Author ORCID Identifier

Date of Award


Degree Type


Degree Name

Doctor of Philosophy (PhD)


Neuroscience Institute

First Advisor

Daniel N. Cox

Second Advisor

Charles Derby

Third Advisor

Victor Faundez

Fourth Advisor

Angela Mabb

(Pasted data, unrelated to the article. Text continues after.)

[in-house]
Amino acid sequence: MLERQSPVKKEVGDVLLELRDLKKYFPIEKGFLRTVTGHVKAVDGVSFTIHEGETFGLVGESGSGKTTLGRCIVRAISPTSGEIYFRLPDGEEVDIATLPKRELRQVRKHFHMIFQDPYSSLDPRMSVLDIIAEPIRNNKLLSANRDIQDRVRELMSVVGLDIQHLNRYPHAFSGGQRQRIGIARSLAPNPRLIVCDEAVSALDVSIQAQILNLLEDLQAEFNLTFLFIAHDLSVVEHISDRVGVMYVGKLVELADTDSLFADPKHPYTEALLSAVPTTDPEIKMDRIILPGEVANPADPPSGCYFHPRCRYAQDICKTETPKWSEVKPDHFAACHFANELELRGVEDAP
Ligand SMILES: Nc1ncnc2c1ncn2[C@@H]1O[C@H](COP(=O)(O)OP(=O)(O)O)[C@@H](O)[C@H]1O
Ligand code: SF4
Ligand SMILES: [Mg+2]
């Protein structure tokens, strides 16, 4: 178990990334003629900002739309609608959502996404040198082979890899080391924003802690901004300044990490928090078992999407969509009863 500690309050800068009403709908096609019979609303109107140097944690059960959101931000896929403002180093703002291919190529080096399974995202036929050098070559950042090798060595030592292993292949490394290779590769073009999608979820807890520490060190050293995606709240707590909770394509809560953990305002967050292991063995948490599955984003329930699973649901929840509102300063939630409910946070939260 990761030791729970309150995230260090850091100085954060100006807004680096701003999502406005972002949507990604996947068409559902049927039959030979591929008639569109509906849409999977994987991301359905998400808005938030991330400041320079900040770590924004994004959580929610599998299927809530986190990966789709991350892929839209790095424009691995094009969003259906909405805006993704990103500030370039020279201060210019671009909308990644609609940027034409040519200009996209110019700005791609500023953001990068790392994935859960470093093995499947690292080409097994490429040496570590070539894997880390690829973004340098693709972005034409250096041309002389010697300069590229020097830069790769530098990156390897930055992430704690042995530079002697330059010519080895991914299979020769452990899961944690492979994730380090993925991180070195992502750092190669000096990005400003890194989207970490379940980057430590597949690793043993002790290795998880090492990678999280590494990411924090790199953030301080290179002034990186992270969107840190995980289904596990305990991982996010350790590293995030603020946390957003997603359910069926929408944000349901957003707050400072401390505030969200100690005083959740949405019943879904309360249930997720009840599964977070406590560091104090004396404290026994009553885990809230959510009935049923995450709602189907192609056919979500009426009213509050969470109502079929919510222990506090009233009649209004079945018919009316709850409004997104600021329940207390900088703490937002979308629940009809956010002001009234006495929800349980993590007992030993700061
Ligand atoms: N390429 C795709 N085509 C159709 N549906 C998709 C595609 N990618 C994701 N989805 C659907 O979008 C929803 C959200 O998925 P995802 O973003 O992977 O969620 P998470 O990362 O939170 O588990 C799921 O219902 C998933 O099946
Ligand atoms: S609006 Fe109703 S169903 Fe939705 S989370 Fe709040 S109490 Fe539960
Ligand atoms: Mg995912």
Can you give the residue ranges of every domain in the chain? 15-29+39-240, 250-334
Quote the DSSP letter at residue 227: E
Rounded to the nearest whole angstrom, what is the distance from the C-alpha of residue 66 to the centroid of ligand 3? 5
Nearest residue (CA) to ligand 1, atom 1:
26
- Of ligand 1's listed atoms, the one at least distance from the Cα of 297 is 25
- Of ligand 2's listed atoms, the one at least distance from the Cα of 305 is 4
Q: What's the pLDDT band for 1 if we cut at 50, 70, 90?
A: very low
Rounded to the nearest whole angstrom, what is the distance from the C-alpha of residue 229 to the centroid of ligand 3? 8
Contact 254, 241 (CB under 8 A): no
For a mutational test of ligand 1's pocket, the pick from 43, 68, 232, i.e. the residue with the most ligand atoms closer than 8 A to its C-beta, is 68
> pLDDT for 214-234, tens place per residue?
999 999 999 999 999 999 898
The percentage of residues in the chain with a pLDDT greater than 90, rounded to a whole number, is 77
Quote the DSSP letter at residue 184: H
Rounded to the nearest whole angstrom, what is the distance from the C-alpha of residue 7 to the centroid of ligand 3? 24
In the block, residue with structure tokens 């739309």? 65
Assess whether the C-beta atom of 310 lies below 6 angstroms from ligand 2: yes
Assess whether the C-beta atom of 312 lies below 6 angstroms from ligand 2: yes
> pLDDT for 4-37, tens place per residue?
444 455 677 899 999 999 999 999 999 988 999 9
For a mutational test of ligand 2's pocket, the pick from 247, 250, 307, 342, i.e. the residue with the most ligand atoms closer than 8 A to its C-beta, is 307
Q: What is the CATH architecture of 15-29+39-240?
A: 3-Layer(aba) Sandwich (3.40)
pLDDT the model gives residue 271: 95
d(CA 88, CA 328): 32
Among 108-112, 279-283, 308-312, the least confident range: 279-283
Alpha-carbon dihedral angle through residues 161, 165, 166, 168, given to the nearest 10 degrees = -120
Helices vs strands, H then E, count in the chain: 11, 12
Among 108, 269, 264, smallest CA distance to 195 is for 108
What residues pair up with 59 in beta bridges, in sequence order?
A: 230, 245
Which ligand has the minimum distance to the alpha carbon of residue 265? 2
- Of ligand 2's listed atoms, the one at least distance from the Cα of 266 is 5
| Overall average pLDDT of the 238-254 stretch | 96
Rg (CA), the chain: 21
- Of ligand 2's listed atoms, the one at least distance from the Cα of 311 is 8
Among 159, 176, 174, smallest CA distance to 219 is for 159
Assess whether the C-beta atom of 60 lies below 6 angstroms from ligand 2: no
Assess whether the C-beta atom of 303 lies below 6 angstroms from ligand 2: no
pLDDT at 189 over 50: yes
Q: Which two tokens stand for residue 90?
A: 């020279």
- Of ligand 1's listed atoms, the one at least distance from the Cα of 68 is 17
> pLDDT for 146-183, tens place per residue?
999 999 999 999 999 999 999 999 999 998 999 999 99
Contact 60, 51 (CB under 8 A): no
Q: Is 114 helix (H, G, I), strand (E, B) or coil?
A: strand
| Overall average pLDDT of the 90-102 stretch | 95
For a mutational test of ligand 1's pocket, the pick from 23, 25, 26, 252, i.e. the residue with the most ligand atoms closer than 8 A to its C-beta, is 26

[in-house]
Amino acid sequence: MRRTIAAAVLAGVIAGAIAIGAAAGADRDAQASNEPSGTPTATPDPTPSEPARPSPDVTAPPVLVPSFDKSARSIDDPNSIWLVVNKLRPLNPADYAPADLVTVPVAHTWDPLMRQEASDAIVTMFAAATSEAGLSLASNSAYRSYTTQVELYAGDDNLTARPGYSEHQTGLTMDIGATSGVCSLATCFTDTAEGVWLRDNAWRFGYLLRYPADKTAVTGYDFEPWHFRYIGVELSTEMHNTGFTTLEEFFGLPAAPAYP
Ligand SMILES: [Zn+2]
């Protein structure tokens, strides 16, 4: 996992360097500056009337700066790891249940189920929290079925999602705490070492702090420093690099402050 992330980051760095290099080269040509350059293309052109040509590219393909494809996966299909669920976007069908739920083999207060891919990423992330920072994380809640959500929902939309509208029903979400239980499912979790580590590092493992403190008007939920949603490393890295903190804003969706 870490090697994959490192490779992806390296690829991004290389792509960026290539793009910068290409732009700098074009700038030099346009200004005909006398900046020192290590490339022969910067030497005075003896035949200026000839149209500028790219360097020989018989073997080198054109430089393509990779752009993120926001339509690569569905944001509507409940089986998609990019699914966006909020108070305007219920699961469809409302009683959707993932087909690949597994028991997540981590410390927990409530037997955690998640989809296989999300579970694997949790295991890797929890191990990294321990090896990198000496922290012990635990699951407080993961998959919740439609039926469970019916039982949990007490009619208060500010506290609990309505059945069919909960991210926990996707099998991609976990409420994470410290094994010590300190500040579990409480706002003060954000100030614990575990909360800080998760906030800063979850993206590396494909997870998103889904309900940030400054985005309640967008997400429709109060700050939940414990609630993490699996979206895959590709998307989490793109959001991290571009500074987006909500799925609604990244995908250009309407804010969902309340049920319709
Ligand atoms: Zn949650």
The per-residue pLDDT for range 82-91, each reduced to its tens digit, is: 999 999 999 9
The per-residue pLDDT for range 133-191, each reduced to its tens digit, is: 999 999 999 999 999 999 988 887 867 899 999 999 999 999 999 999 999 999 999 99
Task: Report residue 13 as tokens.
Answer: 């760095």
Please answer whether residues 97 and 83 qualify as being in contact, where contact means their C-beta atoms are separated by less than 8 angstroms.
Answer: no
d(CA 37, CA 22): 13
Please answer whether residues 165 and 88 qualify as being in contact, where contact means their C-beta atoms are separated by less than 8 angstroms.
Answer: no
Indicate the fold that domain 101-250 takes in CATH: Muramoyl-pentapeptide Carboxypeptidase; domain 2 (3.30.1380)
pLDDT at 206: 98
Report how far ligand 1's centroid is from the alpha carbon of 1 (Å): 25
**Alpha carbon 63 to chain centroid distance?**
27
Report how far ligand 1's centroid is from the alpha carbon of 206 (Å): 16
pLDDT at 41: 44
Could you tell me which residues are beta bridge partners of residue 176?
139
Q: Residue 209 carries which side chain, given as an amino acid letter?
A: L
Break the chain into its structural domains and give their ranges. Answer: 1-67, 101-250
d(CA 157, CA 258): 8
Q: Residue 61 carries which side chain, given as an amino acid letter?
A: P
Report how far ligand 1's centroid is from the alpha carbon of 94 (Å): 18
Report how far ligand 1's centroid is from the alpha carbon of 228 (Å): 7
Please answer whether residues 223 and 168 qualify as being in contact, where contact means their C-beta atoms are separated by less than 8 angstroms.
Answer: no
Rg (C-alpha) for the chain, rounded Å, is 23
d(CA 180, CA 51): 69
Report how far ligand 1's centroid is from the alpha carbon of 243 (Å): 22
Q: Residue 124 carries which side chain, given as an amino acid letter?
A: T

Discovering the molecular mechanisms that regulate dendritic diversification is essential to understanding the formation and modulation of functional neural circuitry. Recent studies have demonstrated that the TFs Cut and Knot combinatorially regulate cell-type specific dendritogenesis in Drosophila multidendritic (md) sensory neurons via cellular pathways that converge on cytoskeletal architecture. Neurogenomic analyses identified PP2A serine/threonine phosphatase complex as a downstream effector of both Cut and Knot. The PP2A complex is composed of a catalytic subunit microtubule star (mts), a scaffolding subunit PP2A-29B, and one of four alternate regulatory subunits widerborst (wdb), twins, well-rounded (wrd) and CG4733. Mutant analyses of mts and PP2A-29B reveal severe reductions in dendritic arborization with wdb appearing to function as the relevant regulatory subunit in Class IV (CIV) md sensory neurons. In contrast, mutations in mts and PP2A-29B leads to increased dendritic complexity in Class I (CI) md sensory neurons. Cellularly, live imaging reveals that mts mutations lead to microtubule (MT) destabilization. In addition, dynamic EB1::GFP imaging of MTs reveals Mts is required to maintain dendritic MT polarity. In contrast to its effect on MTs, mts knockdown leads to F-actin reorganization with a proximal shift towards the soma. Loss of mts leads to significant reductions in dendritic localization of organelles including mitochondria and satellite Golgi outposts in CIV neurons, while in CI neurons, mts mutants show increased Golgi outpost trafficking along the dendritic arbor. Further, mts mutant neurons exhibit defects in neuronal polarity as revealed by Golgi outposts appearing in the proximal axon whereas in controls Golgi outposts are primarily restricted to the soma and at satellite locations on dendrites. Furthermore, in mts mutants selective markers of dendritic and axonal compartments are detected in the opposing compartments. At a regulatory level, the translational repressor FMR1 may function as a PP2A target in CIV neurons, whereas the TF FoxO may function as a target in CI neurons. In contrast, phenotypic analyses suggest that the β-tubulin subunit 85D represents a common PP2A target across these md neuron subtypes. Collectively, these studies provide insights into the functional roles of the PP2A phosphatase in promoting dendritic diversity.


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